“As lyrical as it is hypnotic”
Shortlisted for the National Book Critic’s Circle award for fiction Winner announced March 2010
Described by the New York Times as ‘both beautifully written and devastating’, The Book of Night Women is a startling, hard-edged dissection of slavery. An epic novel of late-18th-century Jamaican slavery, it is also a true tour de force of both voice and storytelling.
At the heart of the novel is the extraordinary character of Lilith, a spirited slave girl struggling to transcend the violence into which she is born, her story narrated in one of the boldest literary voices to grace the page.
Overflowing with high drama and heartbreak, at its centre is the conspiracy of the Night Women, a clandestine council of fierce slave women plotting an island-wide revolt. Rebellions simmer, incidents of sadism and madness run rampant, and the tangled web of power relationships dramatically unravels amid dangerous secrets, unspoken jealousies, inhuman violence, and very human emotion.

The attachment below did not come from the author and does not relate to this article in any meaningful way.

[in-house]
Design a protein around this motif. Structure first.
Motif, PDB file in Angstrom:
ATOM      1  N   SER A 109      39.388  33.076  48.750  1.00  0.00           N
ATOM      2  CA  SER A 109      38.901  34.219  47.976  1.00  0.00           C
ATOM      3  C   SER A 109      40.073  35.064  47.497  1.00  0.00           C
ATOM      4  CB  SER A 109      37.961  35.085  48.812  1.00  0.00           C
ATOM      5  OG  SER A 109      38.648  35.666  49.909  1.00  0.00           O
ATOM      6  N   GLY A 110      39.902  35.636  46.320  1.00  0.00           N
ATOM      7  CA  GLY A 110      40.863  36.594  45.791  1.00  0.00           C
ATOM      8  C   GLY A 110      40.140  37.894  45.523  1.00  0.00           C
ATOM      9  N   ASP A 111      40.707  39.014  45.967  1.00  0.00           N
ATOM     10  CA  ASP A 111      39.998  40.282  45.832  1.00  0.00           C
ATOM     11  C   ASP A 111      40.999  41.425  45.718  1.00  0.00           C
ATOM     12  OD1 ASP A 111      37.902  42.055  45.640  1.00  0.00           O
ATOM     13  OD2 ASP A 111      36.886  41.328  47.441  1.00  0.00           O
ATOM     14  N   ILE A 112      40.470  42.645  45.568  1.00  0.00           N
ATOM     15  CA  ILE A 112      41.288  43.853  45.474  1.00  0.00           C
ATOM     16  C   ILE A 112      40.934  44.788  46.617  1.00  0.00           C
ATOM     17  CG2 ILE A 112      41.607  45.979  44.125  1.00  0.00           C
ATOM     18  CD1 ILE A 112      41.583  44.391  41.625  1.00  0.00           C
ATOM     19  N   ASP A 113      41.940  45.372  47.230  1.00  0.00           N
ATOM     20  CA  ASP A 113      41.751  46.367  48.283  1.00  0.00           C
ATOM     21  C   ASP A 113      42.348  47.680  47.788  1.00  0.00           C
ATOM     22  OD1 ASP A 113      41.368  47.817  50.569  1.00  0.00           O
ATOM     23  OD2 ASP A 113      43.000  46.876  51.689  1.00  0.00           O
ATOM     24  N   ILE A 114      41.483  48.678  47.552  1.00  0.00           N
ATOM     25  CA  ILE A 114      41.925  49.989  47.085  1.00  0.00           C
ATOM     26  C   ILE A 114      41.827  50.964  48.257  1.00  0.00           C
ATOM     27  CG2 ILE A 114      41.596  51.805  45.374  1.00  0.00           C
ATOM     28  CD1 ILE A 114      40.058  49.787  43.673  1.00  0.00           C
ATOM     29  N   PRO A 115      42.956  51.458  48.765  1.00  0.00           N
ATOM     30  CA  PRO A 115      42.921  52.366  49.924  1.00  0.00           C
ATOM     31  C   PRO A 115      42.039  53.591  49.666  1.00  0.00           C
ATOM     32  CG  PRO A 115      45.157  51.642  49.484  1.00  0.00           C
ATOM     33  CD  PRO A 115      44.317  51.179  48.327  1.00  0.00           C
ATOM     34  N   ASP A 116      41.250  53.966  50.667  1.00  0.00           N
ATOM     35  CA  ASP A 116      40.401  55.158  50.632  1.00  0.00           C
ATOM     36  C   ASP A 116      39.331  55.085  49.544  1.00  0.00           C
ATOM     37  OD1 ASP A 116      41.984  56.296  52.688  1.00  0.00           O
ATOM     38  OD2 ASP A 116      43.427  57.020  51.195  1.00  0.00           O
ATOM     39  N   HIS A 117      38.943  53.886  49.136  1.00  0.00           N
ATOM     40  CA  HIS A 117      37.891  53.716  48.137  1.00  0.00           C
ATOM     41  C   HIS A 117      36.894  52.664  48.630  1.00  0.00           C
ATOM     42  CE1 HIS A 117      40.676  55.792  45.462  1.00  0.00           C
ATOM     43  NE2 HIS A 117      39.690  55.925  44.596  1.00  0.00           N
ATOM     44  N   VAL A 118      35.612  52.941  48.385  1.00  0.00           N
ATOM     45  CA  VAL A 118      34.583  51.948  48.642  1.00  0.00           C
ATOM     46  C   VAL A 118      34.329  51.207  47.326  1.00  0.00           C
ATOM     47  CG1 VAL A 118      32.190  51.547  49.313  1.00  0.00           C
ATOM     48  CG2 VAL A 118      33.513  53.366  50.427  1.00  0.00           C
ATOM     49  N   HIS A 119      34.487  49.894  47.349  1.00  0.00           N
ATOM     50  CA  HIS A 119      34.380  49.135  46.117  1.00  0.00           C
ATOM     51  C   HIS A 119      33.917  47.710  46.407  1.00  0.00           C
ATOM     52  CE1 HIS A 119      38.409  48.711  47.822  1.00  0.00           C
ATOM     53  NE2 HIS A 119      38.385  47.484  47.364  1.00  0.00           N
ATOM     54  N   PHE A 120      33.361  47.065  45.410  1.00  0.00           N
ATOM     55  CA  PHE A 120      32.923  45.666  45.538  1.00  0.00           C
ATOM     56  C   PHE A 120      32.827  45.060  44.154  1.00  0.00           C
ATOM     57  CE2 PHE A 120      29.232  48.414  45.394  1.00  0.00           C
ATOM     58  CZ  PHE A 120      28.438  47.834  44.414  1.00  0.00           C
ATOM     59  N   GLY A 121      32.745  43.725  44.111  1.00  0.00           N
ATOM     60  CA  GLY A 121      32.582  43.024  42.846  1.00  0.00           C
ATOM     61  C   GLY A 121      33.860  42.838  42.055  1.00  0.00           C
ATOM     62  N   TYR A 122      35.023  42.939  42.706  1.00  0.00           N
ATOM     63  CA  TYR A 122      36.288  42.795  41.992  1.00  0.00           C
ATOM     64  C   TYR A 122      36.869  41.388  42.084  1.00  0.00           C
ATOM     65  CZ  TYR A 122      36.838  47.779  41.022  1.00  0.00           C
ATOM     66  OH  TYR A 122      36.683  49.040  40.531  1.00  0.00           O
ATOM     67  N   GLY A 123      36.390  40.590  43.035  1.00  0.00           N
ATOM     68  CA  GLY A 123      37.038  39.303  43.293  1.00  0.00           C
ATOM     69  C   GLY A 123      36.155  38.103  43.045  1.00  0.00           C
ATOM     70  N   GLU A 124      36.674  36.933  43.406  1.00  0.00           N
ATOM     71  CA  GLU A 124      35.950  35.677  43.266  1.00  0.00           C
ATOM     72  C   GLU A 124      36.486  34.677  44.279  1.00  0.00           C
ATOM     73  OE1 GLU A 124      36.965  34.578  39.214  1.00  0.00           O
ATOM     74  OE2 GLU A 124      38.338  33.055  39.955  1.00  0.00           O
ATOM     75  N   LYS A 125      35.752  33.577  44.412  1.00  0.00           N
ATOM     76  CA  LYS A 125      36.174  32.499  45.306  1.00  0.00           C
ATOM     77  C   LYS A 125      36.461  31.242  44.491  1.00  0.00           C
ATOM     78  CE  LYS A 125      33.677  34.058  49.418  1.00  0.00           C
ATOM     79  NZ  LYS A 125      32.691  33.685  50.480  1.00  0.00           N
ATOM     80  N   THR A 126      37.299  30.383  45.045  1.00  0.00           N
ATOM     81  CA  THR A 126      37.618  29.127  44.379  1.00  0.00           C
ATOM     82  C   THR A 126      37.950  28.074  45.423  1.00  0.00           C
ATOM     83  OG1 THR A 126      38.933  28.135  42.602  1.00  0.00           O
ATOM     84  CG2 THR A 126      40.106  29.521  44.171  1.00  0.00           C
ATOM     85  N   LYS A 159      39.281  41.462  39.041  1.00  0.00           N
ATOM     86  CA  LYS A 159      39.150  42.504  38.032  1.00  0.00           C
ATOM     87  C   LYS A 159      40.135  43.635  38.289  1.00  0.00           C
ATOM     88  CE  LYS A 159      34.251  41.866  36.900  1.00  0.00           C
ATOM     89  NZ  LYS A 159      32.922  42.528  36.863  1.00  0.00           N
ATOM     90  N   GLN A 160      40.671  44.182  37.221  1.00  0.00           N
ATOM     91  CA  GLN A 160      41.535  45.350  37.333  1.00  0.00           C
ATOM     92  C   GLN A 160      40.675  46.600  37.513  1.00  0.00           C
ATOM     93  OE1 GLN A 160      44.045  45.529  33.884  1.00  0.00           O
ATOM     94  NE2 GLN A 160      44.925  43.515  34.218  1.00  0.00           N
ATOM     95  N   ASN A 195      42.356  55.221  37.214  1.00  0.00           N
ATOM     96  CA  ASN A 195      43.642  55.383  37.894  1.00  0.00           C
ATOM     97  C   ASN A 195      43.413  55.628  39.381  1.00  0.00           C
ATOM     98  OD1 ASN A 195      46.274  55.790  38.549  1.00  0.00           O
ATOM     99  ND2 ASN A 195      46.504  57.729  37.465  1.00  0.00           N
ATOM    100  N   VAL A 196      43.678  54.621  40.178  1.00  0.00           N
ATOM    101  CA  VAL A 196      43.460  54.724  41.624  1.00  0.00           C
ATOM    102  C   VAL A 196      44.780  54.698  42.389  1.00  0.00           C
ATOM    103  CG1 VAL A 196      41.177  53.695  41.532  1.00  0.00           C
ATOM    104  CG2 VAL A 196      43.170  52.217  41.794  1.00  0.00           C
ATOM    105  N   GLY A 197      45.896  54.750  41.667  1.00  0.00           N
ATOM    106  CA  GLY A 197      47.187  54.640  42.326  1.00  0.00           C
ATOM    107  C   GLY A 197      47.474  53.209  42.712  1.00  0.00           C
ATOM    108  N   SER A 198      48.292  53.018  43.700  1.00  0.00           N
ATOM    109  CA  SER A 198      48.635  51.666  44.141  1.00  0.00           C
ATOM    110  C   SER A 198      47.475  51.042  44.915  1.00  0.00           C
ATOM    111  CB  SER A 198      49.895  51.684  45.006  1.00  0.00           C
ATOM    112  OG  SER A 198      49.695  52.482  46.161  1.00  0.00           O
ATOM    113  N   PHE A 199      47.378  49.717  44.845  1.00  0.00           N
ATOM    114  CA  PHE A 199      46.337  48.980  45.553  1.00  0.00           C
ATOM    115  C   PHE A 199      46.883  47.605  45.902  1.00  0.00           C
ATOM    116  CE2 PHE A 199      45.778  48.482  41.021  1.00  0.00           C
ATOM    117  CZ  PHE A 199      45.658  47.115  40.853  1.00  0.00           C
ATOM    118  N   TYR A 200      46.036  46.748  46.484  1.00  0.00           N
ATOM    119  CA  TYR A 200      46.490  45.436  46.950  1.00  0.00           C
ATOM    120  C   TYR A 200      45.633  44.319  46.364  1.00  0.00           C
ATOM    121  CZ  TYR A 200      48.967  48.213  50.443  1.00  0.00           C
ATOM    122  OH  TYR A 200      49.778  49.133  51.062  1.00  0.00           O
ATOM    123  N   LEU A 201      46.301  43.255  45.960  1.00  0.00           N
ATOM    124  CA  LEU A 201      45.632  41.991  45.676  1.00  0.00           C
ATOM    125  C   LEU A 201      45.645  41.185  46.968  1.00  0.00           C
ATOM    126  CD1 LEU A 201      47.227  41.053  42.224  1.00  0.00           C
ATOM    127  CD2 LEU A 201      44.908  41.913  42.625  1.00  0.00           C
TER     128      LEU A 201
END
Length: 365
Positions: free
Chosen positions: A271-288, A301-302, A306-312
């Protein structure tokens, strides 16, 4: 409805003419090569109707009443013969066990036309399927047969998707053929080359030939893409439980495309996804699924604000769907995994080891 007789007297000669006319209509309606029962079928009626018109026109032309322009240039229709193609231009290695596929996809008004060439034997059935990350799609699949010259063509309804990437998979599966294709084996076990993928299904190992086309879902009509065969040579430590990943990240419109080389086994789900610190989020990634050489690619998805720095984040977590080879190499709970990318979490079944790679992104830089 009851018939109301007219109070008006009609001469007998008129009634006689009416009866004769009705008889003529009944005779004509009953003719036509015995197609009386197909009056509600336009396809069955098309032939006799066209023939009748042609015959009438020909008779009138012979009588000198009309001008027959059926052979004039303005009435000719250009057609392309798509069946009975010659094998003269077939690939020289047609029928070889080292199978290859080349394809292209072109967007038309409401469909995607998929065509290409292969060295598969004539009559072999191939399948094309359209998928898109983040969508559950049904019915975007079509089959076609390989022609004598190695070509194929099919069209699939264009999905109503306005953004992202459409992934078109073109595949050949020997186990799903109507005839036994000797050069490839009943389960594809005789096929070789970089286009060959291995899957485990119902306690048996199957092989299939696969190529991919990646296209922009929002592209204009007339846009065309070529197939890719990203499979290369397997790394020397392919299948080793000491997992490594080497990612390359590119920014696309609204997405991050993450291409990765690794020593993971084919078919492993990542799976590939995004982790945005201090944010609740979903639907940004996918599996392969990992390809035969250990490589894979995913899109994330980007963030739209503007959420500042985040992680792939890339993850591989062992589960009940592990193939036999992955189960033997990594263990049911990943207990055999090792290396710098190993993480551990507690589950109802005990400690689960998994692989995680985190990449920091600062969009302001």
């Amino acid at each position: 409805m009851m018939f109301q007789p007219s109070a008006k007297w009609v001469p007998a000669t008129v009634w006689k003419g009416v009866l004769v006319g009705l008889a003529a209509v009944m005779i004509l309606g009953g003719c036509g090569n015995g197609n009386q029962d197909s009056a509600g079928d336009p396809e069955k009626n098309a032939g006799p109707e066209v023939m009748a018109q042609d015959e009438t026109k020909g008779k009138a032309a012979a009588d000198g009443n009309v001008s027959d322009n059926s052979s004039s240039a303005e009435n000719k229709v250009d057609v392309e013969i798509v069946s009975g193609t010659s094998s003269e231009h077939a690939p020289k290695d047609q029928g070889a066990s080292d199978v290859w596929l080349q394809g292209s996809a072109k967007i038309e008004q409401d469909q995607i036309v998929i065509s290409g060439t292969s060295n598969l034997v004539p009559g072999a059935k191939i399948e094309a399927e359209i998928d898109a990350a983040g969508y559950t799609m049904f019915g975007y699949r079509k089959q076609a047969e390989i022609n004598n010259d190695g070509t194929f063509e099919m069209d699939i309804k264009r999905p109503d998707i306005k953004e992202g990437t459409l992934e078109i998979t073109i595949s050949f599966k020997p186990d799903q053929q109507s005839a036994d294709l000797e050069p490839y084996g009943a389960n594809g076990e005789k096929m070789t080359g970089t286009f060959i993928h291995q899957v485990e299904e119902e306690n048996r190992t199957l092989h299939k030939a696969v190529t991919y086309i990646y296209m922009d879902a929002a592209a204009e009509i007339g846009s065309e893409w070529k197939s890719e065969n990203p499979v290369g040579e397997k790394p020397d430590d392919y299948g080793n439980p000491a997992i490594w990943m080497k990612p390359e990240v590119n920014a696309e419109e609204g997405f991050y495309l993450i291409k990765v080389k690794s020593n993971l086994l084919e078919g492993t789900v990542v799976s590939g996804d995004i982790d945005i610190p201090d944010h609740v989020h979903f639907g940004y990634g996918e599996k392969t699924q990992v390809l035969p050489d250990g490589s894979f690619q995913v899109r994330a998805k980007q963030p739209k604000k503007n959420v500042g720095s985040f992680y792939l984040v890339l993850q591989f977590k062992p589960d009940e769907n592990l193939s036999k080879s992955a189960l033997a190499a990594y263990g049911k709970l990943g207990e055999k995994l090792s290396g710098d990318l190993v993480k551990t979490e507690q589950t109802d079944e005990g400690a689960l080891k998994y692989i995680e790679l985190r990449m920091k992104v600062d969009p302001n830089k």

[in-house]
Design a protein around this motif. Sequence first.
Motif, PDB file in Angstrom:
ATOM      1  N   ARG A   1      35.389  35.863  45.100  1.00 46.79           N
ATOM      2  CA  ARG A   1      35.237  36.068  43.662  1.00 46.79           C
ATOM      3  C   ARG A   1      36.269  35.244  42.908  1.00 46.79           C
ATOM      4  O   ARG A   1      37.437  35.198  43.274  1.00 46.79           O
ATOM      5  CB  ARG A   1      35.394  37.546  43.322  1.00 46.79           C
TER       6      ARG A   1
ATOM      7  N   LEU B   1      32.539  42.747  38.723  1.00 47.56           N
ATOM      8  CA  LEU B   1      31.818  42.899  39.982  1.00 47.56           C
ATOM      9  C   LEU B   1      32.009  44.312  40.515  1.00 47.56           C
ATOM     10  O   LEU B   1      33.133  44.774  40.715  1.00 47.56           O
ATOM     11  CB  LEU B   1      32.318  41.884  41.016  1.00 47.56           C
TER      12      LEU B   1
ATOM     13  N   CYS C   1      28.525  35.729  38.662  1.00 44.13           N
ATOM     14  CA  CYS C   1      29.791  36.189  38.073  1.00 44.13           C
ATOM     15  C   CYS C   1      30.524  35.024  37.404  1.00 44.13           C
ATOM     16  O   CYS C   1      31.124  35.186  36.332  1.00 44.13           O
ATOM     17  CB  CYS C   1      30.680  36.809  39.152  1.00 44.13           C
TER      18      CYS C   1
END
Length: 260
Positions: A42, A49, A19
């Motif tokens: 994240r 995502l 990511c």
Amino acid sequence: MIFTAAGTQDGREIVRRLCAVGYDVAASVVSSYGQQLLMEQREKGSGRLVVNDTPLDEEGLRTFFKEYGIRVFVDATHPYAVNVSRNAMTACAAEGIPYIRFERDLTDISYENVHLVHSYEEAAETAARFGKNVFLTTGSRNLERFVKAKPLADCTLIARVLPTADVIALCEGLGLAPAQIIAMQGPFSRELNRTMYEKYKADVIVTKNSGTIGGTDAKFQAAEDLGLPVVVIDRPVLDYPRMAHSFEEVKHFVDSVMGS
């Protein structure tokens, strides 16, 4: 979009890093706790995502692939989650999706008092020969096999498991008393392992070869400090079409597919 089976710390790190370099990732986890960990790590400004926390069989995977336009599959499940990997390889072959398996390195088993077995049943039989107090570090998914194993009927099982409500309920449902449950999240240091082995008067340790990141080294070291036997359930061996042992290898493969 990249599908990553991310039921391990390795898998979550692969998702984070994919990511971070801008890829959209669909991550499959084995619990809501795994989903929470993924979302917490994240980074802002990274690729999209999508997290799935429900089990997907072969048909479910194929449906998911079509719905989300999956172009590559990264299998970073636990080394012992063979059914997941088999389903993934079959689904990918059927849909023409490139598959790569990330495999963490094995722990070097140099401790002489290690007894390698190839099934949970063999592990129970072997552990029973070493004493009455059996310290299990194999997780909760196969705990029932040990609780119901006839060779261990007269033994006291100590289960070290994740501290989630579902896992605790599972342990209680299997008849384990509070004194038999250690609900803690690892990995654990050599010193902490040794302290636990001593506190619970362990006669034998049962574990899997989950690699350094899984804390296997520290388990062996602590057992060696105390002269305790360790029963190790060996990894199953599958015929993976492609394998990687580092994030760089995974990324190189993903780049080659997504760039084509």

Marlon James was born in Kingston, Jamaica, in 1970. He graduated from the University of the West Indies in 1991 with a degree in literature. His first novel, John Crow’s Devil, was shortlisted for the Commonwealth Writers’ Prize and was a finalist for the Los Angeles Times Book Prize.
PRAISE FOR THE BOOK OF NIGHT WOMEN BY MARLON JAMES
“An epic novel of the late-18th-century West Indian slavery, complete with all its carnage and brutishness, but one that, like a Toni Morrison novel, whispers rather than shouts its horrors”
“Writing in the spirit of Toni Morrison and Alice Walker but in a style all his own, James has conducted an experiment in how to write the unspeakable – even the unthinkable. And the results of that experiment are and undeniable success”
NEW YORK TIMES
“This is a book to love … hard to pick up, even harder to put down”
“A book as heavily peopled and dark as the night in this brutal place. It is a canticle of love and hate … The lasting inheritances of slavery cannot be forgotten, and through novels such as this one, history is felt”
“The author has carved strong and compelling female figures out of the harsh landscape of 19th century British-ruled Jamaica”
THE MIAMI HERALD